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About Noob101

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  1. Used Omega Seamaster

    This is probably the best piece of advice. Don't be scared of eBay because there is buyer protection there which I know works from experience. If you are not happy with the authenticity of an item or any part of it you can get your money back in full. Go to an AD and although they're not always very polite (obviously they treat anything pre-owned as competition for their sales) they will authenticate the watch for you and may even be kind enough to look at the movement.
  2. Two more Seikos for the collection

    Wow great watches. One of my colleagues has one similar to the one on the left and I was going to ask him for a model reference because I was considering getting a similar one (his is slightly different though, the bezel does not have numbers). Just out of sheer curiosity, what size are they?
  3. When I first started wearing watches regularly I still continued to check the time on my phone out of habit for a while. Now it's the reverse, I always look at my wrist and on the odd occasion I am not wearing a watch I stare at my arm like a moron for a quick second before I remember I still have my phone in my pocket as backup
  4. help please

    You can't go wrong with a vintage gold Omega. Here's what my baby looks like: It's not all 100% original (I had to get some restoration work done after I acquired it). The movement is all original though; it's the 601 (mechanical rather than automatic) which I have had in a number of watches and it is extremely dependable and robust. I often recommend to people who want a vintage watch to buy one with the 601 because it is so dependable and at the same time there's still plenty of them around so replacement parts aren't a problem. I've owned this particular watch for about 2 years now and I wear it occasionally as a dress piece, although in my opinion they are so versatile I wouldn't mind wearing it just out and about with business casual attire. There is such a great range to choose from among vintage Omegas and the prices are not unreasonable. I paid around £450 for mine altogether including the restoration work.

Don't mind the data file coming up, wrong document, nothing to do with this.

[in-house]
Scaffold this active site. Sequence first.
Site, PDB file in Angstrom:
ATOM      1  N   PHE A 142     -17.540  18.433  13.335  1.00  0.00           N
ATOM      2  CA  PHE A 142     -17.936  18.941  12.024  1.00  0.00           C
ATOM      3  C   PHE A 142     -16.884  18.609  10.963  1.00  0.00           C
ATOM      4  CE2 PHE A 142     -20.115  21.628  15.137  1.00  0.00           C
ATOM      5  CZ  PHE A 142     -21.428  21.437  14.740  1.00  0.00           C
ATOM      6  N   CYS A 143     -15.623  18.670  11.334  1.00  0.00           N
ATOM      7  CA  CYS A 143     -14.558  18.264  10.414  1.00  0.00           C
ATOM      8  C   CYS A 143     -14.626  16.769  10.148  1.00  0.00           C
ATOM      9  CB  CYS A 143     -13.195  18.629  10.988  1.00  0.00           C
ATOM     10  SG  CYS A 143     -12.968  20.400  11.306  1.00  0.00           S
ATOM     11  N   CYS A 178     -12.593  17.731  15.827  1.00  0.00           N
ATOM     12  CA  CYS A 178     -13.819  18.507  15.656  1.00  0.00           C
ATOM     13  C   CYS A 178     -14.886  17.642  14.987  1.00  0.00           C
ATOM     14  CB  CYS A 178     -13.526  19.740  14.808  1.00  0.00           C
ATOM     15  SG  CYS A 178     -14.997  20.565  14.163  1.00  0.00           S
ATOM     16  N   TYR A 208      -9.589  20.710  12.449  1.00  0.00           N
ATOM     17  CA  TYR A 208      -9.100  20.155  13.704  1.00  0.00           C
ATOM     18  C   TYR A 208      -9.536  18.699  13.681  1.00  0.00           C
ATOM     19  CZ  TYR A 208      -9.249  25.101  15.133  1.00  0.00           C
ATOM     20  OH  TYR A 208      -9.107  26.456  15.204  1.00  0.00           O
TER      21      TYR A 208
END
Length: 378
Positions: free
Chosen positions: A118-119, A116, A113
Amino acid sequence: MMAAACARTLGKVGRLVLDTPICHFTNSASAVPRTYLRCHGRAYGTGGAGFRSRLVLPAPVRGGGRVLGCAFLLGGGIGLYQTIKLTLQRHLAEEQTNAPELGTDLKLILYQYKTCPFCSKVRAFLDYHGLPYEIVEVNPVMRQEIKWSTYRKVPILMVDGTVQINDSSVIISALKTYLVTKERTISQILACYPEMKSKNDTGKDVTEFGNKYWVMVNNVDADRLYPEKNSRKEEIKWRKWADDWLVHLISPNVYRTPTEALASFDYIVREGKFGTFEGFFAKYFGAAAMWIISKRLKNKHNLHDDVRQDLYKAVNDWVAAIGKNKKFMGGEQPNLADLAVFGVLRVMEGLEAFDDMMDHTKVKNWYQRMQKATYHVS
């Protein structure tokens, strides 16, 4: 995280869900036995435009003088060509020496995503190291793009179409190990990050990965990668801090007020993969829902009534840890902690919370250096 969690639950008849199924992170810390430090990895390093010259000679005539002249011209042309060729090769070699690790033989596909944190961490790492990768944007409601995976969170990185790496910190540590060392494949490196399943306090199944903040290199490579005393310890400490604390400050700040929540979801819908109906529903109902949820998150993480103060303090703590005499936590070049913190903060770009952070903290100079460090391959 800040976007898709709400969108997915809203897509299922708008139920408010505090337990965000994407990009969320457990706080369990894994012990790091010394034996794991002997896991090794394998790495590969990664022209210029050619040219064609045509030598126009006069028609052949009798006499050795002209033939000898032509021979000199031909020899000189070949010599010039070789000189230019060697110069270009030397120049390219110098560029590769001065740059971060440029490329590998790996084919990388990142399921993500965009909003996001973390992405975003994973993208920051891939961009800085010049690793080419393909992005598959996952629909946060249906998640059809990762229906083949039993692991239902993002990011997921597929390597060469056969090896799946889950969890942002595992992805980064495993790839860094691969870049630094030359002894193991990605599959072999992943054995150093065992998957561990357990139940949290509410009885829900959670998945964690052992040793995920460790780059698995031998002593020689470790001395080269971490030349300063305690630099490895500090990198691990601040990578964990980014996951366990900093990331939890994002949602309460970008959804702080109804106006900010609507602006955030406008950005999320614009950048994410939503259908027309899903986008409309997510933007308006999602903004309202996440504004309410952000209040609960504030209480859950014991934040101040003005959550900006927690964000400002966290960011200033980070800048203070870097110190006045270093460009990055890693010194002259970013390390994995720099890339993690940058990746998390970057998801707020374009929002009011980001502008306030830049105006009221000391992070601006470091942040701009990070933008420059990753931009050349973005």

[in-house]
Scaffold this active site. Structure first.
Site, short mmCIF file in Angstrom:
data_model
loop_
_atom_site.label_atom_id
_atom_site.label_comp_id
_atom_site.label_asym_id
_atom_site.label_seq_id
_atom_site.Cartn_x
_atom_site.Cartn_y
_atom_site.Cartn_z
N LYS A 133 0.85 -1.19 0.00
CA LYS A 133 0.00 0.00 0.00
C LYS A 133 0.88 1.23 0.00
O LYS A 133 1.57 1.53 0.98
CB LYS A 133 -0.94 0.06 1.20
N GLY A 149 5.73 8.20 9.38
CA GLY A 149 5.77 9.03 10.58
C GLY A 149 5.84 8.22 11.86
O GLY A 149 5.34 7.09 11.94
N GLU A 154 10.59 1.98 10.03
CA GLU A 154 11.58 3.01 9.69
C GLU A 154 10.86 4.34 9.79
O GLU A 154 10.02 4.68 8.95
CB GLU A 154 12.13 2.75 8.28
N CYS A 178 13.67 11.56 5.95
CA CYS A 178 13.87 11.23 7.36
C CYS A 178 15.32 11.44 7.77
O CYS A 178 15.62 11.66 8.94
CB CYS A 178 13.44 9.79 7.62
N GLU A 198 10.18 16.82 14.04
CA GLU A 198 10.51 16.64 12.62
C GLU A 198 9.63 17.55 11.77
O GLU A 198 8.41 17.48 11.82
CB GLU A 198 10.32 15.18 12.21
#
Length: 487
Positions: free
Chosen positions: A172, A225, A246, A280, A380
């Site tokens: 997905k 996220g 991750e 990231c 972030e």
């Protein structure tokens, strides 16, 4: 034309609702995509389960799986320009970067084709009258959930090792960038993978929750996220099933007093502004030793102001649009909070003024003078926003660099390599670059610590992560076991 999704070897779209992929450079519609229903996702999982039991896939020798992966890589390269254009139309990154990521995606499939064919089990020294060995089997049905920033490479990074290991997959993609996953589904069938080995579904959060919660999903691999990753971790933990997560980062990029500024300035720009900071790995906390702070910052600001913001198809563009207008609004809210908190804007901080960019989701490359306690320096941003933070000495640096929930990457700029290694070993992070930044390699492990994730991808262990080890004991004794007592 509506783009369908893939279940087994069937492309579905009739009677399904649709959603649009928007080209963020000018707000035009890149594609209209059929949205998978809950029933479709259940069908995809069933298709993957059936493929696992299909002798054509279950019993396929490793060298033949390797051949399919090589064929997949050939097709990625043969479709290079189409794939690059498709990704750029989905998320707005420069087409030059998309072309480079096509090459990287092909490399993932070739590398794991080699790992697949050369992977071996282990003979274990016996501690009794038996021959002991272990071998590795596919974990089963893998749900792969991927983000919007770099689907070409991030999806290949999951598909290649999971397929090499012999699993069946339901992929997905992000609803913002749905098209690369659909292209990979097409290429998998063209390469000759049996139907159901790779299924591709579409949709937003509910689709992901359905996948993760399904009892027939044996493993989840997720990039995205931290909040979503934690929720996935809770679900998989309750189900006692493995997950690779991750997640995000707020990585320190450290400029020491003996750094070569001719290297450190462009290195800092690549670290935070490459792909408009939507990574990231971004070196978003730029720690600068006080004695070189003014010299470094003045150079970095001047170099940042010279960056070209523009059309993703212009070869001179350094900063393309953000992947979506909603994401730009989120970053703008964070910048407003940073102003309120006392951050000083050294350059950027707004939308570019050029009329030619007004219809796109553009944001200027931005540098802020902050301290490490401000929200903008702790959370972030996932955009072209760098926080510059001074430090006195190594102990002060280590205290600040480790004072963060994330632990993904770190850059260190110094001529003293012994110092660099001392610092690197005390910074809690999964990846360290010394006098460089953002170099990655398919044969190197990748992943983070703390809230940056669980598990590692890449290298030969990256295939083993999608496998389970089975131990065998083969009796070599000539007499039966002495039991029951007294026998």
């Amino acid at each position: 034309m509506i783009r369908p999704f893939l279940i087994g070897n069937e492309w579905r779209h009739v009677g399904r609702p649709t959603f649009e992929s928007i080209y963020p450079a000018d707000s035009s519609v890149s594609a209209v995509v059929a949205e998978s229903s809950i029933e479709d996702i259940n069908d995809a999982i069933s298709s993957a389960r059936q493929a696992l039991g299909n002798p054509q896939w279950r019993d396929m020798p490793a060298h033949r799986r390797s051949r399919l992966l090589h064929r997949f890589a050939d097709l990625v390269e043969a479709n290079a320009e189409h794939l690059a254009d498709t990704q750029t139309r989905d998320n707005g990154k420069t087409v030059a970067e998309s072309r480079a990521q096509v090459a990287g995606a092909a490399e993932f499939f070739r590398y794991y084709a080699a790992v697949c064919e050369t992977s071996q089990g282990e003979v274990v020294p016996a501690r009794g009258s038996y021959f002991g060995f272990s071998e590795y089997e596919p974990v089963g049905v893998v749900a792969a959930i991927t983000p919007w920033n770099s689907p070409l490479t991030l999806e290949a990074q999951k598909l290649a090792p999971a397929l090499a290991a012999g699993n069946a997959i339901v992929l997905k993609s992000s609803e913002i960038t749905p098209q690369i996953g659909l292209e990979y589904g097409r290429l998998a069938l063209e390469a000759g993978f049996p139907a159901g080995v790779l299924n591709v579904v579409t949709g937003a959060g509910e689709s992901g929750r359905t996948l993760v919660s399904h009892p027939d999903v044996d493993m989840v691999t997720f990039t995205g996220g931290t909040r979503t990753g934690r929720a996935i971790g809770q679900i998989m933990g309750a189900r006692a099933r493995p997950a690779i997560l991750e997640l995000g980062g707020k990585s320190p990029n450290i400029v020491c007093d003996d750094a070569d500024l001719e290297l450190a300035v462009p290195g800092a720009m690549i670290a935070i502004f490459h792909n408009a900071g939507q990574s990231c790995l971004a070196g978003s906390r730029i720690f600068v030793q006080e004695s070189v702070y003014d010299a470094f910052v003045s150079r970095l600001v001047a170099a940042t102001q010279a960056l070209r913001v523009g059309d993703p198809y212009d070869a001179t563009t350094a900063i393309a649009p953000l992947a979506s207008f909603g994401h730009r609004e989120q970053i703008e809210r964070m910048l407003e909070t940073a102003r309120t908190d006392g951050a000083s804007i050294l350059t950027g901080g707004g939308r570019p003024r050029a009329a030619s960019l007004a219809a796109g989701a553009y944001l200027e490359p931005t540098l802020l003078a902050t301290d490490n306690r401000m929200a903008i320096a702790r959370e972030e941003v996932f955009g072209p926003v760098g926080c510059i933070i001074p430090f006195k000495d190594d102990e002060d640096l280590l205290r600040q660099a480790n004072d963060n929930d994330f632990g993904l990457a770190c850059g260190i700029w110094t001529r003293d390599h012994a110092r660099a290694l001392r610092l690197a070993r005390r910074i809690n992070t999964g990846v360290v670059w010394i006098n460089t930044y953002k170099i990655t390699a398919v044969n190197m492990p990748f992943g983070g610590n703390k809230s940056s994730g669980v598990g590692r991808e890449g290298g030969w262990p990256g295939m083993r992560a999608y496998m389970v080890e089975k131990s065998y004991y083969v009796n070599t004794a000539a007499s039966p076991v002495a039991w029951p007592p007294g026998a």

5. Selling watches - Emotional!

    You are not alone. Over the last few months I sold some of the earliest pieces in my collection, like my vintage black dial Seamaster 600 and my first ever chronograph, a rose gold Gigandet. It really did hurt, especially with the Seamaster - I always loved wearing it and was so happy when I first bought it. But it had to be done, the collection had grown out of control and I bought other watches which I wore much more often, leaving those ones sitting in the watch box for months at a time. Luckily I made a profit on both which allowed me to offset costs of other recent purchases. The way I look at it is without selling I can hardly ever buy new watches. Also, nostalgia aside, isn't it better to sell it and know it is being worn and enjoyed rather than perpetually sitting in a box?
  6. how often a purchase

    I go through phases. In December/January I completely revamped the collection, sold 12 watches and bought 4. Before that I was quiet for about a year and hadn't done major spending (although some selling) since the back end of 2016 when I bought two. Now I am very satisfied again, but I am sure soon another spurt of buying will prompt me to sell a few and so it goes on and on. Thank god I am willing to part with some of them otherwise I would be up to my ears in watches by now!
  7. Collections with Quartz watches

    Interesting to see the variety of opinion. Just to clarify I was not 'hating on' any particular type of movement. I was thinking that if a mechanical watch or auto sit around not worn on a regular basis all you really need to do to maintain them is wear them once in a while, whereas quartz watches are constantly ticking away and so always 'in use' so to speak. This is a good point I suppose I never actually thought of that. Although I try to wear all my watches without leaving any of them unworn for more than a few weeks at a time, so this would not apply so much to me now. I still think quartz is easiest for everyday wear because I think there is more than can go wrong with a mechanical or auto than with a quartz. I've had to get stems and crowns replaced on hand-winding watches before and it only natural that these parts wear down more due to everyday use. Meanwhile I don't remember the last time I actually unscrewed the crown on my Seamaster.